Airlines plans to introduce hefty fees for passengers booking seats together translate into disabled passengers’ worst nightmare.
Airlines compete on base fares, but add-on services are growing in number. While charges for checked baggage are an accepted practice by passengers, other creative ways to make money produce controversial outcomes.
A growing number of airlines are introducing fees for passengers wishing to seat together. Some airlines, like British Airways, charge anywhere from £10 to £60 for the privilege of reserving seats together at the time of booking.
Most U.S. airlines block best seats for either their top frequent fliers or for purchase. This practice is questionable at best when travelling with children.
In this day and age, with all existing concerns about grooming, families unwilling to spend money to purchase their seats together may end up scattered around the cabin, regardless of the age of the passenger.
This means a family traveling with two children age 6 and 8 may be broken up, with the children seated next t6o strangers several rows away from their parents.
The issue becomes a serious problem when a disabled passenger is traveling with a companion. Quite astonishingly, even the law protecting the rights of disabled passengers traveling by air is unclear on this point.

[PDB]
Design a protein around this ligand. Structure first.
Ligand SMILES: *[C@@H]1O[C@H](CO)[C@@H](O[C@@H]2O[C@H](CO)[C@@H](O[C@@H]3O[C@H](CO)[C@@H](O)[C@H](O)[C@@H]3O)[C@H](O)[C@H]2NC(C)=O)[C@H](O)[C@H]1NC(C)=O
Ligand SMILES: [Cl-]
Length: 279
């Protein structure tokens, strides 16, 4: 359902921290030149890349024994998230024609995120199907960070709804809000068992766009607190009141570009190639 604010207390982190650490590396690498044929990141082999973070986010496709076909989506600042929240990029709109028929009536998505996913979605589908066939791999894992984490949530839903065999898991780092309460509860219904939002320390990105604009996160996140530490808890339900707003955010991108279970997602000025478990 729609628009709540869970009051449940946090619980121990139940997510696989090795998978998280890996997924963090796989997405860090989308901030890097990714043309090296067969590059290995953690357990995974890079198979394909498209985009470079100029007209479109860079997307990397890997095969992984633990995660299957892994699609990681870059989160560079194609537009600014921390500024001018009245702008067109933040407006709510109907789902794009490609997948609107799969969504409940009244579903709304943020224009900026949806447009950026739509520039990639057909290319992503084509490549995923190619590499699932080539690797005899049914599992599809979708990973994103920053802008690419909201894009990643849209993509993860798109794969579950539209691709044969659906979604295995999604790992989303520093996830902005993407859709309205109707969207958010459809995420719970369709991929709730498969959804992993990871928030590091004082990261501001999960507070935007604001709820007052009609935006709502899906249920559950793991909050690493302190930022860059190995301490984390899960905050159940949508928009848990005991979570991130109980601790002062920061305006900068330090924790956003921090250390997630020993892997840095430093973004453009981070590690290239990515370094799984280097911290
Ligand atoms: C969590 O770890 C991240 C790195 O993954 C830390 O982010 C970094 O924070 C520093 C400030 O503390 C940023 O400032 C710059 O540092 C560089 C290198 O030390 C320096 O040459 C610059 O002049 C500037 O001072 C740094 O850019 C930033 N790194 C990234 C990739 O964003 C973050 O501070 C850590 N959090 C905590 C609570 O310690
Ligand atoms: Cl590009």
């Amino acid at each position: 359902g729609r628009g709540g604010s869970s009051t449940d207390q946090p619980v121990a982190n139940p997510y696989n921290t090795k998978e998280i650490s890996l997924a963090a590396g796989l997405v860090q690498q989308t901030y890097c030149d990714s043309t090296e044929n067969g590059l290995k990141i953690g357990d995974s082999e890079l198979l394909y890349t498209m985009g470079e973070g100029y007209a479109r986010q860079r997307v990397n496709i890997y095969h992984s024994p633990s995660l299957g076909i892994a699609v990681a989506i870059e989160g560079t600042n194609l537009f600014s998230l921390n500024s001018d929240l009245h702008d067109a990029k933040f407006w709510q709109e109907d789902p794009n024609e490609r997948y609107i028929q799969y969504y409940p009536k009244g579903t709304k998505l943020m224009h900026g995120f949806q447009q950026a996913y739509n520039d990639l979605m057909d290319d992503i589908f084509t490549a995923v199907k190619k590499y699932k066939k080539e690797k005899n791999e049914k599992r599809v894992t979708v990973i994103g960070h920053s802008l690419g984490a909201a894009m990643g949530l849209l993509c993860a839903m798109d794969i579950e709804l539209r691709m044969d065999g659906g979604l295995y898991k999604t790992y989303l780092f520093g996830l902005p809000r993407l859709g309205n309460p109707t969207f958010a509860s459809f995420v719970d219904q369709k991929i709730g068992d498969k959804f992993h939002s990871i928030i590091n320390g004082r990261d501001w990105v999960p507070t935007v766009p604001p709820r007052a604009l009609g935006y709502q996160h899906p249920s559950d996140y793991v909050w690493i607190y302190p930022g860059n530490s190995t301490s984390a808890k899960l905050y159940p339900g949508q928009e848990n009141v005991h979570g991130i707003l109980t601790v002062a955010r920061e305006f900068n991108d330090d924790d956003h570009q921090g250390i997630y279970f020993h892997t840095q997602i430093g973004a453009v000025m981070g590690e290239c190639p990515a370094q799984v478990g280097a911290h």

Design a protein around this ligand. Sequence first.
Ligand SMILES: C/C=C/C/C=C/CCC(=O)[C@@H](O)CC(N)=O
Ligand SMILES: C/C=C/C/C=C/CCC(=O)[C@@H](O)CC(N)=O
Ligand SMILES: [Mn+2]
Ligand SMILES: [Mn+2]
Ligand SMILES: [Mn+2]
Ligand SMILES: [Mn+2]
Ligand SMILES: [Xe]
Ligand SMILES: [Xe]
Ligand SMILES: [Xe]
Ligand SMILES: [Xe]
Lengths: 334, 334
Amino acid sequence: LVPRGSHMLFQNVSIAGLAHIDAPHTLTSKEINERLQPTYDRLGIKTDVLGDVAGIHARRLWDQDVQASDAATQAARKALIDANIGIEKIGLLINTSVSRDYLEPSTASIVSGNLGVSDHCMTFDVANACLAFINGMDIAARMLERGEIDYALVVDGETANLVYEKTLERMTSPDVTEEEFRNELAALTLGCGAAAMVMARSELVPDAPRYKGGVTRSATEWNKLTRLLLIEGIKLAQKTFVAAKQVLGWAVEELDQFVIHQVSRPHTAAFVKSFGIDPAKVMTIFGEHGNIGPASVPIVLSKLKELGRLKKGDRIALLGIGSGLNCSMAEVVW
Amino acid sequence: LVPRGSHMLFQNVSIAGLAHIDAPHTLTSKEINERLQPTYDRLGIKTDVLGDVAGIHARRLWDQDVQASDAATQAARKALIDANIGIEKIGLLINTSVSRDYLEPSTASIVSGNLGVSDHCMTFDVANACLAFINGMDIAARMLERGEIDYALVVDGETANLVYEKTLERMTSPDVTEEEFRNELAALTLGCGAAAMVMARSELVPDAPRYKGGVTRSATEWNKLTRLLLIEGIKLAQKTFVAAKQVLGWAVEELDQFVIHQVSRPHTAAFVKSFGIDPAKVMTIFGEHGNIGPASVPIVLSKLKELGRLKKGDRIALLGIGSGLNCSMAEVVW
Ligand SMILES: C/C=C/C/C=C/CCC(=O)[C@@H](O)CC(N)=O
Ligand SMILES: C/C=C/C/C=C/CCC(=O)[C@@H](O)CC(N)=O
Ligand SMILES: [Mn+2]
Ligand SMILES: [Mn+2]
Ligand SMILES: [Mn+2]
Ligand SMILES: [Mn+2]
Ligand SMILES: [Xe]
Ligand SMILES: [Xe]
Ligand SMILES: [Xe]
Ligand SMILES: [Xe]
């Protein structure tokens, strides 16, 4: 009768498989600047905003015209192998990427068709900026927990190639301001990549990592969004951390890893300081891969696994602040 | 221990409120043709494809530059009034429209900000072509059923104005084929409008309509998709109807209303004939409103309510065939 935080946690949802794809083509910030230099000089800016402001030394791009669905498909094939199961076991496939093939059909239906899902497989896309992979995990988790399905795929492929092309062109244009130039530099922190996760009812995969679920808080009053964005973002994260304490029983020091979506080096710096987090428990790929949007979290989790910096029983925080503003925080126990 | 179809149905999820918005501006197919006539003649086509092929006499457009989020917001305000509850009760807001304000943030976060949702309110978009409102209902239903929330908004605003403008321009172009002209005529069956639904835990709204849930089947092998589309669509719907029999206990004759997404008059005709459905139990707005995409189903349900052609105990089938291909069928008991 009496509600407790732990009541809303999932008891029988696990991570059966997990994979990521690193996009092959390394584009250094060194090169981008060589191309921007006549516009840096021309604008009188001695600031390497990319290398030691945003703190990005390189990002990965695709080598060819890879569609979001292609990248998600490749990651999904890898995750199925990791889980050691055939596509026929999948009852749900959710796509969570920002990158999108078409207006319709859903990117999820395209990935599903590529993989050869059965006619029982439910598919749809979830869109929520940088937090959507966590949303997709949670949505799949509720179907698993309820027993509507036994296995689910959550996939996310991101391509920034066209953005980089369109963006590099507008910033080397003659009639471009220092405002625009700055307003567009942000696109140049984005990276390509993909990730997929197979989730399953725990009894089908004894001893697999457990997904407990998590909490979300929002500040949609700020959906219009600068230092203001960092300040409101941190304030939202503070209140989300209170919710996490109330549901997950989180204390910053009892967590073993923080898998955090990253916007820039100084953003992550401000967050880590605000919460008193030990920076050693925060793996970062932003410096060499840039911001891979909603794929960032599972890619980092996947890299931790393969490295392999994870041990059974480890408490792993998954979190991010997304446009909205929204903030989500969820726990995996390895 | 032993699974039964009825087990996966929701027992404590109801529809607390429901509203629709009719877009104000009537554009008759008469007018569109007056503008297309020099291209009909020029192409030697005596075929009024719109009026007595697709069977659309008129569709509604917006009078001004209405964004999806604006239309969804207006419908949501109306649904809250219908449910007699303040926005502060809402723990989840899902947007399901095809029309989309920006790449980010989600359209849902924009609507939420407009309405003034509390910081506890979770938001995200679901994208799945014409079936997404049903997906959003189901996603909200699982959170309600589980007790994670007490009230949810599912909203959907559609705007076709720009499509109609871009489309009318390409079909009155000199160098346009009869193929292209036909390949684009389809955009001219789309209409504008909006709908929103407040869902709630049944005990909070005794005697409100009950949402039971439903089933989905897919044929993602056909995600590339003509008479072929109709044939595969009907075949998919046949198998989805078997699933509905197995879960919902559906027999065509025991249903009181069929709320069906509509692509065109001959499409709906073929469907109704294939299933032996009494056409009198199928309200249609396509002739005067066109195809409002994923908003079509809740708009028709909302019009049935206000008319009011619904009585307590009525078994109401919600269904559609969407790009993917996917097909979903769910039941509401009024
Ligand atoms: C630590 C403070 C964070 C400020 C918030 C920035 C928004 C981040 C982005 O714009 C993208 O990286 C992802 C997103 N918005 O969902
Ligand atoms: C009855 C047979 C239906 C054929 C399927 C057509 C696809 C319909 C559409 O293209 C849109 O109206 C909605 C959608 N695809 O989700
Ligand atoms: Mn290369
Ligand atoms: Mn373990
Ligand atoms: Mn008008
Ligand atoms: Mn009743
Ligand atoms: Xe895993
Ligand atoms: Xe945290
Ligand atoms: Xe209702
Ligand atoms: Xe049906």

"All reasonable efforts to give such person a seat next to the disabled person or person with reduced mobility," Annex II of Regulation 1107/2006 says, leaving the door open for a companion to be split up from the disabled person he/she is assisting.
The seats together fee policy is complete nonsense for ordinary passengers like families traveling with children; it is pure monstrosity for disabled passengers traveling with a companion.
As summer holidays approach, we have decided to approach leading airlines to learn more about this matter. In the coming weeks, Reduced Mobility Rights will publish the result of this investigation into the issue of seats together fees related to families traveling with children and disabled passengers traveling with a companion.